“This is a great era for Spanish football,” beamed Vicente Del Bosque after Spain achieved the nigh impossible a few months ago – winning three major international tournaments consecutively. One could easily go further with little doubt that this is the greatest era for Spanish football. Some could keep going and lay the claim that this Spain is the greatest team in history. It is debatable, but they are certainly in the debate.
Much of Spain’s success has been put down to its players. Spain and Real Madrid legend Fernando Hierro is in no two-minds about it – they are, according to him, “the greatest generation in Spanish football of all time.”
The plaudits, praise and lauding of Spain’s current crop of players has come from far and wide. BBC pundit and former England international has called them ‘the best team ever’ and Arsenal legend Martin Keown has agreed. Wall Street Journal’s Matthew Futterman has even gone as far as to suggest they might be the best ever team in any sport.
But, at the heart of the superstar team that triumphed at the 2010 World Cup and the recent European Championships has been Del Bosque – a most unassuming, mild-mannered, friendly and avuncular 61-year-old, who hails from the small town of Salamanca. Respected Spanish football journalist Sid Lowe has described him as: “a lovely man, a good man who is impeccably delightful, loyal and overwhelmingly decent. He is like a favourite uncle with a bushy 'tache, a portly belly and the warmest of handshakes.”
Almost certainly, as a result of his media-shy and placid character, Del Bosque has never received the acclaim his more flamboyant, stylish and younger peers have courted. It’s a shame for he is certainly deserving of more, for his role in Spain’s recent successes should not be underestimated.
In many ways, it has been exactly because of his personality and his complementary style of managing that he has been able to unite his players and provide an environment for them to reach new heights under his tenure.
Cesc Fabregas has underlined the importance of Del Bosque in fostering the right environment within the team. “He is very important because he always makes us calm. He transmits this tranquillity, this way of just not making you nervous. He has something which makes you calm and he lets you play — it makes you feel like the way you want. He’s really been a special Coach for Spain.”
Del Bosque’s ability to bring together his stars has been no mean feat. In years gone by, many have cited this as being the principle reason why Spain used to continually underperform in big tournaments. The main difficulty in this had centred around the rivalry between Barcelona and Real Madrid. Since Jose Mourinho’s arrival in Spain two years ago meetings between the two sides have only intensified and sometimes have descended into downright ugliness. In addition, rising social and political divisions have only intensified football in the country as a political instrument.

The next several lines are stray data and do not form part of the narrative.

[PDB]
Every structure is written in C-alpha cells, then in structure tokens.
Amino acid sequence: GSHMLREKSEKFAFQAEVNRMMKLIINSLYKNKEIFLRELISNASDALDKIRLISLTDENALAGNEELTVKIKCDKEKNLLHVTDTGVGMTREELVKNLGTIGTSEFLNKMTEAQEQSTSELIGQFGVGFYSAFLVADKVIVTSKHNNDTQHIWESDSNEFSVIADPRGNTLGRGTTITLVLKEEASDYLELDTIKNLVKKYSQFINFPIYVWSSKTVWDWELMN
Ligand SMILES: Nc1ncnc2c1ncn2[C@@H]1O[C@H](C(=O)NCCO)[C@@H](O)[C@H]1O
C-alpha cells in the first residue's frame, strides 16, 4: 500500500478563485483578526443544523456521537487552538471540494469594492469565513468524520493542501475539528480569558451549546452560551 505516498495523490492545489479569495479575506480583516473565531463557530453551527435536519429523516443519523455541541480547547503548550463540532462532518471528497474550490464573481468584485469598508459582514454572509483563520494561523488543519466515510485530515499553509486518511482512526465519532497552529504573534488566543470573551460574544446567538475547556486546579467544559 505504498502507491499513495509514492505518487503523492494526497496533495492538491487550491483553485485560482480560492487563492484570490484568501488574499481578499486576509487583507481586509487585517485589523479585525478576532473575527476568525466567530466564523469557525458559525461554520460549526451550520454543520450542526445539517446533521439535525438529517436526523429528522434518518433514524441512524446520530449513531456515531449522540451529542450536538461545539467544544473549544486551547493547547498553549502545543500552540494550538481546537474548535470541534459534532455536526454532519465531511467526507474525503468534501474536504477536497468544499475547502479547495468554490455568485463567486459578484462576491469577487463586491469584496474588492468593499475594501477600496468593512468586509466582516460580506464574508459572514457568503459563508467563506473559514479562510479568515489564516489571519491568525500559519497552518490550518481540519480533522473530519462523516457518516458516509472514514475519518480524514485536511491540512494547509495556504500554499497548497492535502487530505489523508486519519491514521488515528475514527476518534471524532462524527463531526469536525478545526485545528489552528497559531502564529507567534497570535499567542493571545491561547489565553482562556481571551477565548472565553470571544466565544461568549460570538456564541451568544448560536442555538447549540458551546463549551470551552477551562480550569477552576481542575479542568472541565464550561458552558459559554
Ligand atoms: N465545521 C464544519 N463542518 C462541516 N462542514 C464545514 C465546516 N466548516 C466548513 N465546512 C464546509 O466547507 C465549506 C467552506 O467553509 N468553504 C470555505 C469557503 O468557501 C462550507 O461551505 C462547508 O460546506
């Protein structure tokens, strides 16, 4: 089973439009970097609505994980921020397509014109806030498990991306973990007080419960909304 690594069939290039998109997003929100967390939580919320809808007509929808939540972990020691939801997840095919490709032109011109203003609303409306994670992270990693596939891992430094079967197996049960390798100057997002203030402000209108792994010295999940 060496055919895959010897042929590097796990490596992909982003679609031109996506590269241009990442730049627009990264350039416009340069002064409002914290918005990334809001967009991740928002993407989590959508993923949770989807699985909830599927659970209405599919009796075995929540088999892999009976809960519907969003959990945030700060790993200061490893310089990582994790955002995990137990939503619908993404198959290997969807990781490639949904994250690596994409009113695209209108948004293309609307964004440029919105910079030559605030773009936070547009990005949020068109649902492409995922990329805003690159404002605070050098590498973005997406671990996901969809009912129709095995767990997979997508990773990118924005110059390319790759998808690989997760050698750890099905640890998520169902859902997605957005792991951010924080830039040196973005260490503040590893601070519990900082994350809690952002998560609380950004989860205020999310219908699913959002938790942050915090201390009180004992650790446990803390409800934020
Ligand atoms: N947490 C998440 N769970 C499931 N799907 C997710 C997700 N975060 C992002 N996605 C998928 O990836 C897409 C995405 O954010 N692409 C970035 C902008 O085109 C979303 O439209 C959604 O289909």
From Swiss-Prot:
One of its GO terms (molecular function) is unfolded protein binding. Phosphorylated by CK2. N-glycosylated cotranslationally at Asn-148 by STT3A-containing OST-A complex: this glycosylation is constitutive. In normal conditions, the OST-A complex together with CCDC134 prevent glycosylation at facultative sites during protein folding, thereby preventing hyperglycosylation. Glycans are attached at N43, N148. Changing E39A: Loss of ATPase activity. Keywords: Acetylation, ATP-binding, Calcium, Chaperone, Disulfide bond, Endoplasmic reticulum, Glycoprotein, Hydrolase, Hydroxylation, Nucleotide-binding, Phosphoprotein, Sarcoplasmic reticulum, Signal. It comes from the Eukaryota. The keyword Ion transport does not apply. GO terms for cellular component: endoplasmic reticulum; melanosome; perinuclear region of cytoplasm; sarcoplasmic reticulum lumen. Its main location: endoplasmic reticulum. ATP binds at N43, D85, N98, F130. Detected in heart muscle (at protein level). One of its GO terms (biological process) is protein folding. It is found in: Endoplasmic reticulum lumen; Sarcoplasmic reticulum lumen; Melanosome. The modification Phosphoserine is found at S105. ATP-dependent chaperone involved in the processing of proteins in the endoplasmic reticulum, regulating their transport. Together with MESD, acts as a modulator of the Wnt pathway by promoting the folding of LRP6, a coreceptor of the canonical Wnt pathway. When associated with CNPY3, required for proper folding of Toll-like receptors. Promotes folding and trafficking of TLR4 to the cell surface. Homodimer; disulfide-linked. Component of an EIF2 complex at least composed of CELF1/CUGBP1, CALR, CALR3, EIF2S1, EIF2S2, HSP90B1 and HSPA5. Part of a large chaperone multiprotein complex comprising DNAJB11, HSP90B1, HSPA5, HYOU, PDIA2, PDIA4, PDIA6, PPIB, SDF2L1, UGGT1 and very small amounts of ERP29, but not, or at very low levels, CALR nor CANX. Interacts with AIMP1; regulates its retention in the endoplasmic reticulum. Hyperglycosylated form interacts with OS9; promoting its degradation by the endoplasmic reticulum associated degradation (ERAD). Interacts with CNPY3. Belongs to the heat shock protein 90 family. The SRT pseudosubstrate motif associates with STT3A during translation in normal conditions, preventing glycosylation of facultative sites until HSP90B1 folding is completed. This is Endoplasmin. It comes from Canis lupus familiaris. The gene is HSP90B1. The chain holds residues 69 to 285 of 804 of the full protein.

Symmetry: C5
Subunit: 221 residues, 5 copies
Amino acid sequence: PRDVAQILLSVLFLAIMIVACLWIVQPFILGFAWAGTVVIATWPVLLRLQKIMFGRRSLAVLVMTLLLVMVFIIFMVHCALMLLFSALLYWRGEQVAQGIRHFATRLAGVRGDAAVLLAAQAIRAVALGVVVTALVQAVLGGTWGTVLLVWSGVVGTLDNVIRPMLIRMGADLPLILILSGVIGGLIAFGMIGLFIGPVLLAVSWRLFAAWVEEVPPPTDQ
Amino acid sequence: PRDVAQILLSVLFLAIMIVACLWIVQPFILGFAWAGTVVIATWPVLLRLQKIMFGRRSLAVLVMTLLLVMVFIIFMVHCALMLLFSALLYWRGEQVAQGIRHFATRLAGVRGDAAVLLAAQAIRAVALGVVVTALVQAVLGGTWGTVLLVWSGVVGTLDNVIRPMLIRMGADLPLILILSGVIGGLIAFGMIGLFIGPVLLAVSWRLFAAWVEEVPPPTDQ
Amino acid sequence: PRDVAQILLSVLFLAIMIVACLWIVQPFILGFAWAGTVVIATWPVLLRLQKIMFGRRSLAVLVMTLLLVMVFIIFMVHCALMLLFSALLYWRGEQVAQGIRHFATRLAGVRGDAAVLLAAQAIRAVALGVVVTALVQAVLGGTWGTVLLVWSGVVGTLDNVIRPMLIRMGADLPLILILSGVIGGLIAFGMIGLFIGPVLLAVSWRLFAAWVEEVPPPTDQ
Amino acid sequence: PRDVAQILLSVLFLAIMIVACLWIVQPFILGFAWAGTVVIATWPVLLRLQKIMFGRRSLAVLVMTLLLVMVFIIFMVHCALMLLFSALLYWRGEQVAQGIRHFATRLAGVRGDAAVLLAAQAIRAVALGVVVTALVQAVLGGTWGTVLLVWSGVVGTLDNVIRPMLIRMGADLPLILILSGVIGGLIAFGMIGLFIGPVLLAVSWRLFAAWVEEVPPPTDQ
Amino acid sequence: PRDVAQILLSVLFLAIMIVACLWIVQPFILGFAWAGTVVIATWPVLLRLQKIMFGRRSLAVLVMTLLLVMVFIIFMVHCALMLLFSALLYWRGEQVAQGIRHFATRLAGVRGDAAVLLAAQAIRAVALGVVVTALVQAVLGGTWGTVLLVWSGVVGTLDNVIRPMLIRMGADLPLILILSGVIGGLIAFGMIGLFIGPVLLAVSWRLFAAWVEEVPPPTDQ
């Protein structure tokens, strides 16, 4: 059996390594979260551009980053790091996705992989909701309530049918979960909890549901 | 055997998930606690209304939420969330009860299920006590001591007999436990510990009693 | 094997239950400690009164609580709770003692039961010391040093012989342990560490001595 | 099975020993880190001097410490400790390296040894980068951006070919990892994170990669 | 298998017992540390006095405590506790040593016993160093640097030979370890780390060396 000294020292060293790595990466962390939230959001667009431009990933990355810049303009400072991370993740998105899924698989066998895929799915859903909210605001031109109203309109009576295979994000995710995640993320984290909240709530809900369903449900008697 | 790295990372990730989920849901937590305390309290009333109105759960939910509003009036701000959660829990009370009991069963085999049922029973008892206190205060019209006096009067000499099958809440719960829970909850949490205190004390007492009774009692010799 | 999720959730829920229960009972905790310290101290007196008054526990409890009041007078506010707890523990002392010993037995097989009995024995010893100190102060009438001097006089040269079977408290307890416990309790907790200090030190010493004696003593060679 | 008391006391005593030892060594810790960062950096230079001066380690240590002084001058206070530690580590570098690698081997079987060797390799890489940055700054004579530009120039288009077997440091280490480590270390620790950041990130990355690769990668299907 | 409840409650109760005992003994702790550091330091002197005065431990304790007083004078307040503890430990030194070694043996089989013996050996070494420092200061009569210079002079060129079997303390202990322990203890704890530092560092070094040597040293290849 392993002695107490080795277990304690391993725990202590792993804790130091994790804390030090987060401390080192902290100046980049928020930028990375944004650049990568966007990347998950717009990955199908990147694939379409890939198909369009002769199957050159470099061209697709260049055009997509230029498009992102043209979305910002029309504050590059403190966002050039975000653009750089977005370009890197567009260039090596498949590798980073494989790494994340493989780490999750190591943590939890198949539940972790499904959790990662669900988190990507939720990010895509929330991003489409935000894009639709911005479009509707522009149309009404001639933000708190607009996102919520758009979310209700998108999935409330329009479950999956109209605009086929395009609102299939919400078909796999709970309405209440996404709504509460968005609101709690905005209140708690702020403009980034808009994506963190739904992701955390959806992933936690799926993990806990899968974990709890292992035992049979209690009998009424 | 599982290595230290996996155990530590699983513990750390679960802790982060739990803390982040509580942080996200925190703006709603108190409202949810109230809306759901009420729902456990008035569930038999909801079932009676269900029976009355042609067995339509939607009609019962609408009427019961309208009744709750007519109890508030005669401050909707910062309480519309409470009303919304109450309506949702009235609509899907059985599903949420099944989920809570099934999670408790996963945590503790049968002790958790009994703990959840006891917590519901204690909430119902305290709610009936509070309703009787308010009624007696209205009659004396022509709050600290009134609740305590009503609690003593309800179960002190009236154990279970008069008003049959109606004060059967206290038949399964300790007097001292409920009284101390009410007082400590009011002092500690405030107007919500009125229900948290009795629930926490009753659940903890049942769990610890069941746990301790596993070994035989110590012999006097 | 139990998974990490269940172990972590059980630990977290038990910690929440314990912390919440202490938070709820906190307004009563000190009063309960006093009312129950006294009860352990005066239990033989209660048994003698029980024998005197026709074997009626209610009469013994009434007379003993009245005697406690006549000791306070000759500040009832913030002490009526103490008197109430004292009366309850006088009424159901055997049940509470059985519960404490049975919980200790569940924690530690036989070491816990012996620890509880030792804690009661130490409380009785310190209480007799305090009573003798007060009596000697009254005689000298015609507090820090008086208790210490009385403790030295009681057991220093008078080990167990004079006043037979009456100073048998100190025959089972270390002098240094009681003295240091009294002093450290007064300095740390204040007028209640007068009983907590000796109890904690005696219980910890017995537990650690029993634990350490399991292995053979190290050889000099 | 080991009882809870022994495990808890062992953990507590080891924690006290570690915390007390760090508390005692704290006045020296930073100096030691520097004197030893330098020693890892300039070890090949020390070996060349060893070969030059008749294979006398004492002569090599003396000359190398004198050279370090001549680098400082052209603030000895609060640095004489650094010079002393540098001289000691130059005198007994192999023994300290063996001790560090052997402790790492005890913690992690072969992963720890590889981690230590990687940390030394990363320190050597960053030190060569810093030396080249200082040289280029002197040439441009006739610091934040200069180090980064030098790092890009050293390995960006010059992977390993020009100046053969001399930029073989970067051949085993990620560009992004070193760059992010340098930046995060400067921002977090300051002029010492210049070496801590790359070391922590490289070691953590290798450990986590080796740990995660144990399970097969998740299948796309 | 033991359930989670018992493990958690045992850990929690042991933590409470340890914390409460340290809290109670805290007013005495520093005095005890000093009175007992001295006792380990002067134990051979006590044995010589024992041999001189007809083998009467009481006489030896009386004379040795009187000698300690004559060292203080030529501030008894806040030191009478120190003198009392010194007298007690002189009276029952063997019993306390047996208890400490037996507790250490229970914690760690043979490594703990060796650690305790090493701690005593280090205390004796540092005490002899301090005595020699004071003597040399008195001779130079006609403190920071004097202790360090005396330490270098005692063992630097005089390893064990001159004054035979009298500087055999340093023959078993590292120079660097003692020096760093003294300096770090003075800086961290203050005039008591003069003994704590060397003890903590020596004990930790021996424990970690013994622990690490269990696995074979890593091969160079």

Yet, whatever has come to pass in the Clasicos, both on and off the field, Del Bosque has been able to defuse any tensions his players may have brought to the camp and has been able to refocus their efforts on one common objective – to win, representing the same team and the one country.
On the eve of Euro 2012, he told Barcelona-based newspaper La Vanguardia that: “We will have to heal the wounds [stemming from the Clasicos] as soon as possible.” Judging by the outcome, it is safe to say he did a good job of it.
Despite all that he brings to the table, Del Bosque is happy to toe the popular line and continue to deflect the attention on to his players. After their magnificent victory in Kiev in the summer, he refused to take the credit for his team’s success, saying: “We're talking about a great generation of footballers. They know how to play together because they come from a country where they learn to play properly.”
It was typical Del Bosque. He is not and never has been one for the limelight. Perhaps one can go back further and use this to explain why despite having won two Champions League trophies, two Liga titles, a Spanish and a UEFA Super Cup and the Intercontinental Cup in his four years at the helm of Real Madrid – arguably the club’s most successful period in the modern era – individual recognition that he has deserved has never been afforded him.
But, this year in becoming the only Coach in history to win the three most coveted trophies in the game – the Champions League, European Championship and the World Cup – it’s about time it was.